A (Yarn) Bomb of a Birthday
With spring finally in the air, it’s time for some COLOR! Whether you wear your color on the fence like the spinner below or you mix it up in a dye pot like Dagmar Klos, it’s time to chase away the winter grays with some seriously vibrant hues.
Reader and Advisory Panel member Debbie Held shared this wonderful story with us when it was in process. We couldn’t resist the combination of craft and celebration and asked her to share it with you. -Anne
Without doubt, the best part of any craft-based organization is the people you meet. In my days in both the Atlanta Knitting Guild and the Peachtree Handspinners Guild, I have been fortunate to be in touch with Phred Huber.
Not herself a fiber artist, Phred recently sent out “please help me”-type emails to anyone in any fiber-related guild she could think of. She was planning a surprise fiftieth-birthday yarn-bombing for her significant other, guild member Lisa Ellis. Phred was seeking black squares and crocheted and/or knitted outdoorsy-themed items, including clouds, a bumblebee, flowers, grass … You know, the usual. Phred documented it all in her secret yarn-bombing Facebook page with real-time photos as the big event unfolded.
This being a momentous birthday, Phred was keen on creating an experience which would be perfect for Lisa, whose main loves in life are fiber crafting (knitting, crocheting, spinning, weaving) and her 11-year-old Bernese mountain dog, Rosie. Knowing nothing about yarn herself, Phred turned to friend Judy Forster, who spearheaded the volunteers’ crafting efforts and made Rosie come to three-dimensional life, stitching together all those black shapes into the perfect four-foot-long Rosie-likeness. Yes, grass, clouds, a dog nose, flowers, even a beaded collar—they, and more, were all there, too, sent or delivered by friends far and near.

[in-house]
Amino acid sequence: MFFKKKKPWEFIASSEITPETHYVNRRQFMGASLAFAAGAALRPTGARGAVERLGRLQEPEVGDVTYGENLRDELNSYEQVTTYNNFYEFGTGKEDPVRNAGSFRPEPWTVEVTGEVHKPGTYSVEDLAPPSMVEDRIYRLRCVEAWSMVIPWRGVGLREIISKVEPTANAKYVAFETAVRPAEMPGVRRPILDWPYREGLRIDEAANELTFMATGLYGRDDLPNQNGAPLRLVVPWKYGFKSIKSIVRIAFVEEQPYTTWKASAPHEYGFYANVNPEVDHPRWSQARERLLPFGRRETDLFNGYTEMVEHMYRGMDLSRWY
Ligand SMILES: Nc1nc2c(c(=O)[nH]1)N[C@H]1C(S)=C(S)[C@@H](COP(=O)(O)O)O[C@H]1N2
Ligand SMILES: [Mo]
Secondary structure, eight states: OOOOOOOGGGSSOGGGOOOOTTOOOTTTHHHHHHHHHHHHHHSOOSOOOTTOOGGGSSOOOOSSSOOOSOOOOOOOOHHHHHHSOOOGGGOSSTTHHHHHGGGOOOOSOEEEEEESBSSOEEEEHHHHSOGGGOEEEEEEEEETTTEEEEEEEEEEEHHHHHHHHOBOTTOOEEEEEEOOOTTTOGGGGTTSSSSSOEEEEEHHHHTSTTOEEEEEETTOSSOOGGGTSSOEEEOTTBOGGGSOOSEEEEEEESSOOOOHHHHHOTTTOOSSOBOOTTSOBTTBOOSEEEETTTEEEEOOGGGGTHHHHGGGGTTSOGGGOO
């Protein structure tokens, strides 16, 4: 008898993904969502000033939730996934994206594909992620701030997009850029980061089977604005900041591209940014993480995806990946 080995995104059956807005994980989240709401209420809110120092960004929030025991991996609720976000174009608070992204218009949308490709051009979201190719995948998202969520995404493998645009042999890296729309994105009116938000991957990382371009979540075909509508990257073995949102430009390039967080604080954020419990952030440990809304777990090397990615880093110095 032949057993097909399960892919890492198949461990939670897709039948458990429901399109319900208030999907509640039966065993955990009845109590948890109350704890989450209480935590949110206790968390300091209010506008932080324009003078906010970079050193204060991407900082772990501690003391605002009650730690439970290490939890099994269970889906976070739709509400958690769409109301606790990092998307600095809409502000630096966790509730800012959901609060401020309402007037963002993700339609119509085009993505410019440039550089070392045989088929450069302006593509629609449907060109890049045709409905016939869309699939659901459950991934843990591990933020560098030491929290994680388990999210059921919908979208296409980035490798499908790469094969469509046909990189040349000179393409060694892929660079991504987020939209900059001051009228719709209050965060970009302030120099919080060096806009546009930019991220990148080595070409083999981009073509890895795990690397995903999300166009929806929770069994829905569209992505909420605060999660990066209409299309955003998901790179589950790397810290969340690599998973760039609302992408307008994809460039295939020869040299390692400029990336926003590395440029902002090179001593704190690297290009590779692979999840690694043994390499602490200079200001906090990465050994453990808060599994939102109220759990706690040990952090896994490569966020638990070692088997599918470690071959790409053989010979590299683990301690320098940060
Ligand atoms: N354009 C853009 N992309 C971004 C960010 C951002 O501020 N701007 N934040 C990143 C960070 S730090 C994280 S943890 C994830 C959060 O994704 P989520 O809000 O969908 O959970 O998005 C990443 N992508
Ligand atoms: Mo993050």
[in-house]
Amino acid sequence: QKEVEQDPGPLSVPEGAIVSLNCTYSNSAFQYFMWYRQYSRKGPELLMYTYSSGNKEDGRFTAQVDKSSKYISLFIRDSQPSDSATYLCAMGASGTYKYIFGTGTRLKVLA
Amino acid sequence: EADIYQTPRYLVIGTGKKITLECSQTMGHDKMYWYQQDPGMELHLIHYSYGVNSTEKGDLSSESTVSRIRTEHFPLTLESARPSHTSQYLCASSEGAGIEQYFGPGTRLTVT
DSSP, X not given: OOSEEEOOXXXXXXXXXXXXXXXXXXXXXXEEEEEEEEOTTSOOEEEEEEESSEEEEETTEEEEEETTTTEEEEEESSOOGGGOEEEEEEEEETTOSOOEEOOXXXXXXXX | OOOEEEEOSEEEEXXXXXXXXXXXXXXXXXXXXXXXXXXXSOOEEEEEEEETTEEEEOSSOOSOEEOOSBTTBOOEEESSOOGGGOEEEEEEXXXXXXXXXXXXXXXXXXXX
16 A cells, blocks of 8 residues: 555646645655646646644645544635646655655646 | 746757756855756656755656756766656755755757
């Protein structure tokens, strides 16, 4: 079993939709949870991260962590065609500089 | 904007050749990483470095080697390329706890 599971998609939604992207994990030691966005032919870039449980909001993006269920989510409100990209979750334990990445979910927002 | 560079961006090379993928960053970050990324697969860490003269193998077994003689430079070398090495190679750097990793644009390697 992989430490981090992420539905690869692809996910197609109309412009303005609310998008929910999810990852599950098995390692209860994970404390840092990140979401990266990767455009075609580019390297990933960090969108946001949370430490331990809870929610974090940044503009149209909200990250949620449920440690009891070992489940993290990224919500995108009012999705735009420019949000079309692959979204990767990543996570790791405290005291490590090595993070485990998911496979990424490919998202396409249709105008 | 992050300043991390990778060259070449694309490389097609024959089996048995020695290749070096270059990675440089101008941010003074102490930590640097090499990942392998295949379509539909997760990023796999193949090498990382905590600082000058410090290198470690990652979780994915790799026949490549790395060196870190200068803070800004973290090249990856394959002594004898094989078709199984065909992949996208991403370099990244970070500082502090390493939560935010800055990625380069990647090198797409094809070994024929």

On Lisa’s birthday, she was led blindfolded to the couple’s backyard for the big reveal, where she found Rosie, in doggie-doppleganger yarn-bomb form, emblazoned on the fence, the backyard filled with friends and the joy of community.
“So what was her reaction like?” I later asked Phred.
“I really couldn’t tell if she was going to laugh or cry, “ Phred answered, describing a woman first in shock, then overcome with the recognition of all that was happening around her. “The best part was when she reached out just to touch the yarn-version of Rosie. It was just awesome.”
Lisa and Phred intend to leave their work of art up for as long as possible, or until the City of Atlanta forces them to take it down, whichever comes first.
~Debbie Held for spinningdaily.com